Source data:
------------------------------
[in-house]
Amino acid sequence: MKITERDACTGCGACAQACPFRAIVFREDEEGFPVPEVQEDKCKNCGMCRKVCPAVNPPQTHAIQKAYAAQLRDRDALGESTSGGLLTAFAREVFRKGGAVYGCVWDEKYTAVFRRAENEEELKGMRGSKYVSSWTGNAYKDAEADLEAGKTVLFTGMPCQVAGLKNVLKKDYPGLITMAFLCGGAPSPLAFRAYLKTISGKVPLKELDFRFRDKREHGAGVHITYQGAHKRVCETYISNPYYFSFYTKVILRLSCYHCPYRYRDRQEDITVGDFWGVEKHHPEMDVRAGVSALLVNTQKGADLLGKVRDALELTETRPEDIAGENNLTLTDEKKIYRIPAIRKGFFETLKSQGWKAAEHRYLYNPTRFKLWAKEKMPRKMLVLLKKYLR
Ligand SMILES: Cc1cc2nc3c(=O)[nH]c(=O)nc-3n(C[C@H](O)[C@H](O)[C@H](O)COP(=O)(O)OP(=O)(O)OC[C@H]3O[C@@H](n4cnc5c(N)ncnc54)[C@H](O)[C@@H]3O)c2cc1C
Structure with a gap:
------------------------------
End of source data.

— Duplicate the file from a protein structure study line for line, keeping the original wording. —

[in-house]
Amino acid sequence: MKITERDACTGCGACAQACPFRAIVFREDEEGFPVPEVQEDKCKNCGMCRKVCPAVNPPQTHAIQKAYAAQLRDRDALGESTSGGLLTAFAREVFRKGGAVYGCVWDEKYTAVFRRAENEEELKGMRGSKYVSSWTGNAYKDAEADLEAGKTVLFTGMPCQVAGLKNVLKKDYPGLITMAFLCGGAPSPLAFRAYLKTISGKVPLKELDFRFRDKREHGAGVHITYQGAHKRVCETYISNPYYFSFYTKVILRLSCYHCPYRYRDRQEDITVGDFWGVEKHHPEMDVRAGVSALLVNTQKGADLLGKVRDALELTETRPEDIAGENNLTLTDEKKIYRIPAIRKGFFETLKSQGWKAAEHRYLYNPTRFKLWAKEKMPRKMLVLLKKYLR
Ligand SMILES: Cc1cc2nc3c(=O)[nH]c(=O)nc-3n(C[C@H](O)[C@H](O)[C@H](O)COP(=O)(O)OP(=O)(O)OC[C@H]3O[C@@H](n4cnc5c(N)ncnc54)[C@H](O)[C@@H]3O)c2cc1C
Structure with a gap: